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Ingrid Hansen (left) Rod Peter Jr. (right) as Kitt & Jane. Photo: Jam Hamidi

Theatre Review: Kitt & Jane at undercurrents—until 02.15.20

By Brian Carroll on February 15, 2020

Fans of SNAFU Dance Theatre, rejoice! If you loved Little Orange Man, Kitt & Jane (K&J) is the worthy sequel. If you loved Interstellar Elder, K&J is the prequel. If you’ve seen and loved K&J before at the Fringe, SNAFU has tightened up the plot, updated the script to include more current events (Elon Musk, SpaceX, Tik Tok, Snapchat, consent training), and fleshed out Jane’s character. SNAFU has invested in higher production values and extended the script beyond 60 minutes. There’s even foreshadowing of Interstellar Elder.

Ingrid Hansen of SNAFU has a devoted following here in Ottawa. So a remount of K&J was a safe bet for undercurrents festival director Patrick Gauthier. Opening night was well attended.

However, if you’ve seen one of the plays in the trilogy and it left you cold, K&J is not about to change your mind. SNAFU has not tried to water down K&J to appeal to a broader audience.

But what if you’ve never seen any of these three plays? Although undercurrents is a juried festival, festival director Patrick Gauthier doesn’t play it safe. He’s chosen some plays that have a track record, but he’s certainly willing to take some risks. He expects you to do the same.

Have you ever thought: “What if the environmental movement had a sense of humour?” One answer would be Professor Katherine Hayhoe’s gently tongue-in-cheek Youtube video series Global Weirding. Another answer is SNAFU’s Kitt & Jane.

Grade-eight loner and nerd Kitt has volunteered to do a school assembly presentation for the first annual Wildlife Diversity Appreciation Day. She has two recruits to help her. One is her Uncle Roy who used to do audio-visual design for Cirque du Soleil. Unbeknownst to her teachers, Kitt has blackmailed her uncle because she knows “why my uncle had to leave Cirque du Soleil.”

Kitt’s other recruit is another loner nerd, Luke, whose school nickname is Jane. Thrown together on a school field trip, Kitt is the only girl who has ever paid any attention to Jane. (She calls him her Jane Goodall.) Jane agrees to help Kitt because… well, because it’s amazing what lengths teenage boys will go to for teenage girls.

But Kitt and Jane have other plans. They hijack the approved presentation and put their middle school in lockdown. Kitt has bribed the teachers with new school supplies to gather them in the staff lunchroom, where Kitt and Jane have locked them in.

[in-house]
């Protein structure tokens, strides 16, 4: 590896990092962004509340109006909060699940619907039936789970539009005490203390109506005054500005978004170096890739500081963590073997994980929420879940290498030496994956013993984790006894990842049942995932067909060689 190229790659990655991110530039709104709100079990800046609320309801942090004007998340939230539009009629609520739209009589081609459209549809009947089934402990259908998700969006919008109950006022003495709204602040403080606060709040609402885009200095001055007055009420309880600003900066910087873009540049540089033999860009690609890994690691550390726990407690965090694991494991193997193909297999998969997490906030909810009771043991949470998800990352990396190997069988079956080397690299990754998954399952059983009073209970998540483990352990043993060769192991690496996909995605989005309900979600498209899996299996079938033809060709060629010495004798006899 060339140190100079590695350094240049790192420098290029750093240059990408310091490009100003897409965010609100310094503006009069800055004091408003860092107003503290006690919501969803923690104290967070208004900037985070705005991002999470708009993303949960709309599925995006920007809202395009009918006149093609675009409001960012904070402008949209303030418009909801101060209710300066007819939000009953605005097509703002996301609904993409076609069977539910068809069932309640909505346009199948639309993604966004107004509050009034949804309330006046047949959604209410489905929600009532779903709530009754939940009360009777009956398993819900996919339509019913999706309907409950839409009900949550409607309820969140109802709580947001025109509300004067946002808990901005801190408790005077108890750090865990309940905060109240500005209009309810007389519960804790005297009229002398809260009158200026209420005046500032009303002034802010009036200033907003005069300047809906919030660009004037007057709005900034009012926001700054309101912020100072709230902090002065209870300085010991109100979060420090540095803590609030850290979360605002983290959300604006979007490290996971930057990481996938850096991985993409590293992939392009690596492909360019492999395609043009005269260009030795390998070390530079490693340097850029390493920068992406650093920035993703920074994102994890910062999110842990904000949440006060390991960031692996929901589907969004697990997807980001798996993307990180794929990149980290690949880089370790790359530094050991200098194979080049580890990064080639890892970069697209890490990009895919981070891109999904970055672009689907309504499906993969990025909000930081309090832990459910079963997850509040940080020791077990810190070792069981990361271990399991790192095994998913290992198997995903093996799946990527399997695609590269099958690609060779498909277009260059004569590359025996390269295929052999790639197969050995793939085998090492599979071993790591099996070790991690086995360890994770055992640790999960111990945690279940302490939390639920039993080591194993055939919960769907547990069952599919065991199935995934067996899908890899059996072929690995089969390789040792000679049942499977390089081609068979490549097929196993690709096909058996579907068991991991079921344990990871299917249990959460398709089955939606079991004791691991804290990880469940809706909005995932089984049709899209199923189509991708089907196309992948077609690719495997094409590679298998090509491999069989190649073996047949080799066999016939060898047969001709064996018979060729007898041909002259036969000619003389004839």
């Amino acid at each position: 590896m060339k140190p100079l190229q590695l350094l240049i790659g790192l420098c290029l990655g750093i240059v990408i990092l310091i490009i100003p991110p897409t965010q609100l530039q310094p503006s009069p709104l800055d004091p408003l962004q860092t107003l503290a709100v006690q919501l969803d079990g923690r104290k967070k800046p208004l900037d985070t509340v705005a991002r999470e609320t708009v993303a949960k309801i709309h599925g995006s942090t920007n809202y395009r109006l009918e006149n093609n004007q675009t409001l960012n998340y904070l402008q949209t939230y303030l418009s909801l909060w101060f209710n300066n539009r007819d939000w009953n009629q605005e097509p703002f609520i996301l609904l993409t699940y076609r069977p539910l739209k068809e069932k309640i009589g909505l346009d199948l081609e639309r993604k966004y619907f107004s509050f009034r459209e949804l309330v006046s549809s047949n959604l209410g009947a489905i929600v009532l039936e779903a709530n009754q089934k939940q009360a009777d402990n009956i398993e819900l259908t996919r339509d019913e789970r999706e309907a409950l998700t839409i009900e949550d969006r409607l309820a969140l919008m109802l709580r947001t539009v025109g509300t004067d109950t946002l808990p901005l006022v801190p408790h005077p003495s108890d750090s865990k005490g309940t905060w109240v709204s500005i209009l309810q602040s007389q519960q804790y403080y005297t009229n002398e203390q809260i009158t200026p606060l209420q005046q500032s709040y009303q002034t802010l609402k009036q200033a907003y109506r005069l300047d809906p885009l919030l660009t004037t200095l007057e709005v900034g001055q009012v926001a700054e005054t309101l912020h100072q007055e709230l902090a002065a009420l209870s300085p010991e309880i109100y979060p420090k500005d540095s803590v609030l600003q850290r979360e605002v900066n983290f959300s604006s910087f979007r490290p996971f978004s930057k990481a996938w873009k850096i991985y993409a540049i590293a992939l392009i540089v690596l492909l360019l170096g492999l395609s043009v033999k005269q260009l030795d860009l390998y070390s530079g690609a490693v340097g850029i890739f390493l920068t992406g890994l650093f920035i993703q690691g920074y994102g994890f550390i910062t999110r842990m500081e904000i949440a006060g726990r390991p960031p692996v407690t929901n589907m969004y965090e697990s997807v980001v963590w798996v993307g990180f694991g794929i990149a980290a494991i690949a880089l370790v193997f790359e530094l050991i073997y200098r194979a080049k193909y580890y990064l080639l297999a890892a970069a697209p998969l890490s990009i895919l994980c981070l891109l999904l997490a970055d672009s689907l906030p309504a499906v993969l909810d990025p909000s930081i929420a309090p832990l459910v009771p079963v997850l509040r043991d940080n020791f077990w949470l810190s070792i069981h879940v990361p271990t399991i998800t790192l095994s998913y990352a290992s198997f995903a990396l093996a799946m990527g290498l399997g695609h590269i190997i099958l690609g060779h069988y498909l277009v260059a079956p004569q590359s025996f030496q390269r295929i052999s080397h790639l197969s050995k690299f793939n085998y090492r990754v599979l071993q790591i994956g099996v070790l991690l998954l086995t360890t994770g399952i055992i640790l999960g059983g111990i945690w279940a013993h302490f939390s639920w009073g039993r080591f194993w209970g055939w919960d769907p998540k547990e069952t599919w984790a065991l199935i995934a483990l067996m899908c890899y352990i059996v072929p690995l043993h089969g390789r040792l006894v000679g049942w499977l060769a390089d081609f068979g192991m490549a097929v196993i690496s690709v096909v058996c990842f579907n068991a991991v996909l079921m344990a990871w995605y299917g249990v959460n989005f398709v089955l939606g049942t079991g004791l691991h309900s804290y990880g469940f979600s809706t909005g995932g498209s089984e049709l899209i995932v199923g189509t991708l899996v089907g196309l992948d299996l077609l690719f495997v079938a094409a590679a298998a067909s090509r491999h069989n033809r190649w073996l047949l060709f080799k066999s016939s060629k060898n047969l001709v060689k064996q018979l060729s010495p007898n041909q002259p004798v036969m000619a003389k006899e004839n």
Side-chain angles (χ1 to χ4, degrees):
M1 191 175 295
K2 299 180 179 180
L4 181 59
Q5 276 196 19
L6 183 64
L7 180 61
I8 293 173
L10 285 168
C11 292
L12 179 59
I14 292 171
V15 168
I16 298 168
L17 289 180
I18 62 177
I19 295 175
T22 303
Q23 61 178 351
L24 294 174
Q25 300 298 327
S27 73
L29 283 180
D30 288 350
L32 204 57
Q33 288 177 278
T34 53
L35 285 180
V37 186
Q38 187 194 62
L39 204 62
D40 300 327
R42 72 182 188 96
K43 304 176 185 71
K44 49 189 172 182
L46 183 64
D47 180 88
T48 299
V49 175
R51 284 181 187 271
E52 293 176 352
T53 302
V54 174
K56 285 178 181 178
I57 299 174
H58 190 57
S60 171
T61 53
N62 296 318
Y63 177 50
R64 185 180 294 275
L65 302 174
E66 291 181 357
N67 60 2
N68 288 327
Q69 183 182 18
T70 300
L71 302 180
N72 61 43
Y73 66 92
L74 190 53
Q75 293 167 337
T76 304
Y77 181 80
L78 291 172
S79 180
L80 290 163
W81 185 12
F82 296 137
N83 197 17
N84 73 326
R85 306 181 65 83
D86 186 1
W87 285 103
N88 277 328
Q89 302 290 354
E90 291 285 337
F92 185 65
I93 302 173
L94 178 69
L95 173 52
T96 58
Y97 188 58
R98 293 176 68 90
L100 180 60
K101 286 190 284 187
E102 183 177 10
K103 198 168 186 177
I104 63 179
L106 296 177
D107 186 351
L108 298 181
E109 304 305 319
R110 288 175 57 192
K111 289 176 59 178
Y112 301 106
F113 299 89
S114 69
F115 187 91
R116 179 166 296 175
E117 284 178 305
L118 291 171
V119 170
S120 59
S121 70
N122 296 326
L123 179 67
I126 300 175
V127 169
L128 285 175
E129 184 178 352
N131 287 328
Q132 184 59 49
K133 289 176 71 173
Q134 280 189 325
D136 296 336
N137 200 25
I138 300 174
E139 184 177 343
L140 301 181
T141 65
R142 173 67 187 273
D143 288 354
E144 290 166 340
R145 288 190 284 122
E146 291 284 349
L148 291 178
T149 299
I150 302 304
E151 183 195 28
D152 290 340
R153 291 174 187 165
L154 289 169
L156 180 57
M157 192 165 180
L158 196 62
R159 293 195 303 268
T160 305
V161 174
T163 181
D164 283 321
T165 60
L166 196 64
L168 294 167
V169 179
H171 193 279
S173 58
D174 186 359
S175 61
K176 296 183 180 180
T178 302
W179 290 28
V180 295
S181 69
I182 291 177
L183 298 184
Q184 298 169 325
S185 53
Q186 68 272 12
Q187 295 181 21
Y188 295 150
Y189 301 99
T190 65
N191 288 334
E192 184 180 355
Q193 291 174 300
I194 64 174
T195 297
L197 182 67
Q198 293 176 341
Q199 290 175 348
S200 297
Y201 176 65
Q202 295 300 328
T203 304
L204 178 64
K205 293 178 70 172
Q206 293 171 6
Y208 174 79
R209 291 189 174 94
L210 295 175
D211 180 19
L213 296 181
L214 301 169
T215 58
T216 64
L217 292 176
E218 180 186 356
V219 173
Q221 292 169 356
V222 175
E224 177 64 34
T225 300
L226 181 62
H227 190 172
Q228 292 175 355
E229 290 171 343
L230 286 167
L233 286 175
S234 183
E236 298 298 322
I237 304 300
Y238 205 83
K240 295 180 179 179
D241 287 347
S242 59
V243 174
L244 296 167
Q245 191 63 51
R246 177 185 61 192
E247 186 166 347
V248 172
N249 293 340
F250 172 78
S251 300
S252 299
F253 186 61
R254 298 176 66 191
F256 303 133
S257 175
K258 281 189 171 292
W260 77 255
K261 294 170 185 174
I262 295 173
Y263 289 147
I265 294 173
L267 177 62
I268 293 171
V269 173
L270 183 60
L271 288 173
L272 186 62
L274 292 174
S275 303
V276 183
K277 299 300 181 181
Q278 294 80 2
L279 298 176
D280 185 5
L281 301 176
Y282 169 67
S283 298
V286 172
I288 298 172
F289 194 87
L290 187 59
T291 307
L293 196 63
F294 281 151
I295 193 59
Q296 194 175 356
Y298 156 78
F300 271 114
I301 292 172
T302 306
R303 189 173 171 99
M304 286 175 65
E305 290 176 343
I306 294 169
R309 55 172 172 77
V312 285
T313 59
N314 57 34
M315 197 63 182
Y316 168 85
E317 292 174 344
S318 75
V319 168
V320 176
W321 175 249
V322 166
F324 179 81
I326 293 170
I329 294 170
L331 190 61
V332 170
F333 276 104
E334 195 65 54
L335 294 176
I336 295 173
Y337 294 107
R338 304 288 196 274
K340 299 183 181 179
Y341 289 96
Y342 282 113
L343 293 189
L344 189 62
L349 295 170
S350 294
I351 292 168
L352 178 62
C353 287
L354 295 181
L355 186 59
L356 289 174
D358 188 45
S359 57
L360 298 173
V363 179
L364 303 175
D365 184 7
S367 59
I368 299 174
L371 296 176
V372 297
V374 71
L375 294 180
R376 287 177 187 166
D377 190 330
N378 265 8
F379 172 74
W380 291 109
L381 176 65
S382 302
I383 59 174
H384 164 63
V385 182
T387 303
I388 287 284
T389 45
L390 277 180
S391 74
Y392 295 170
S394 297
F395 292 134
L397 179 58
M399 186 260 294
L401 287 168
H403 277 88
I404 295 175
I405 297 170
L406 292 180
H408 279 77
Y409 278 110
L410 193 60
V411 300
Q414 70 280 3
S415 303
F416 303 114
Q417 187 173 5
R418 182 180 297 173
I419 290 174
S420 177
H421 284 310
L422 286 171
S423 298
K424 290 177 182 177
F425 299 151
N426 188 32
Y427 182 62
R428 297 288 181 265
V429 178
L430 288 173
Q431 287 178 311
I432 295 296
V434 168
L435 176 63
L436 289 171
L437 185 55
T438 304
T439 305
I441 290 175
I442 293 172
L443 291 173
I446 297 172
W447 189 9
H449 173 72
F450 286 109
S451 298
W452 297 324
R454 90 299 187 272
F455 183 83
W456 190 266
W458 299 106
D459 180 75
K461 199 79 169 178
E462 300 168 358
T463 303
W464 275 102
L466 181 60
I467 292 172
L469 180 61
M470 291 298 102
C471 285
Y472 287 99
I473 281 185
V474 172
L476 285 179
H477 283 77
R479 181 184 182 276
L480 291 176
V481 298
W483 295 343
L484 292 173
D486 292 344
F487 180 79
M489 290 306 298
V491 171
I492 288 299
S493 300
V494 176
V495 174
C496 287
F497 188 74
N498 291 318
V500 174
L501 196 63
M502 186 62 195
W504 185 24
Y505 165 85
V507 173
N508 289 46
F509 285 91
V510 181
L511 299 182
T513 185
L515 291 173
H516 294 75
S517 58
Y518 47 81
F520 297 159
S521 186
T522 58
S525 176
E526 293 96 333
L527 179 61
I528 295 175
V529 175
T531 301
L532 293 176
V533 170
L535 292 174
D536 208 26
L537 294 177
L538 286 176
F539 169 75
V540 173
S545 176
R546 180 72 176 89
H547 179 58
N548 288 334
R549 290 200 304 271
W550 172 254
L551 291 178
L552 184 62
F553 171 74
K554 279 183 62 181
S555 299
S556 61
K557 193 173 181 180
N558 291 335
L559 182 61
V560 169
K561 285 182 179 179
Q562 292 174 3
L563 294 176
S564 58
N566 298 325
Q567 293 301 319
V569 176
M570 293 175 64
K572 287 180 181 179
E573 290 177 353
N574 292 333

With Uncle Roy’s help (Kitt’s blackmail must be really juicy), they’ve booby trapped the assembly hall so the RCMP can’t break in without warning. They proceed with a presentation to the assembled students (the audience) on the impending ecological apocalypse and recruit a few volunteers from the assembly for their observed survival skills. (They treat the six volunteers gently and return them to their seats in a short time.) These volunteers are to form the core of a vast nerd army to lead humanity out of the coming environmental disaster.

What follows is middle school nerd style projection slides, YouTube style choreography, and Cirque du Soleil production values.

Kitt is a force of nature whose understanding of the world is unfiltered by parental or grandparental guidance. Her beloved grandfather has died and her parents are too busy with their careers. Jane gets ostracized for his nickname and his nerdish ways. More realistic than Kitt, he’s attracted to her and suffers through her enthusiasms to be with her.

Did I mention the suicide pact and the live streaming video to Facebook?

Often laugh out loud funny, combining dance, live music, giant shadow puppetry and live video wizardry, K&J also has touching moments where these two middle-schoolers reveal depths of feeling that they would rather we not see. Not everyone’s cup of tea, but you won’t know unless you try.


Kitt & Jane by SNAFU is playing at the undercurrents Festival at Arts Court Theatre on February 15th at 1PM and 9PM. Single tickets are Pay-What-You-Can-Afford, $5, $20, $50 or $75, no questions asked. The performances runs for approximately 70 minutes with no intermission.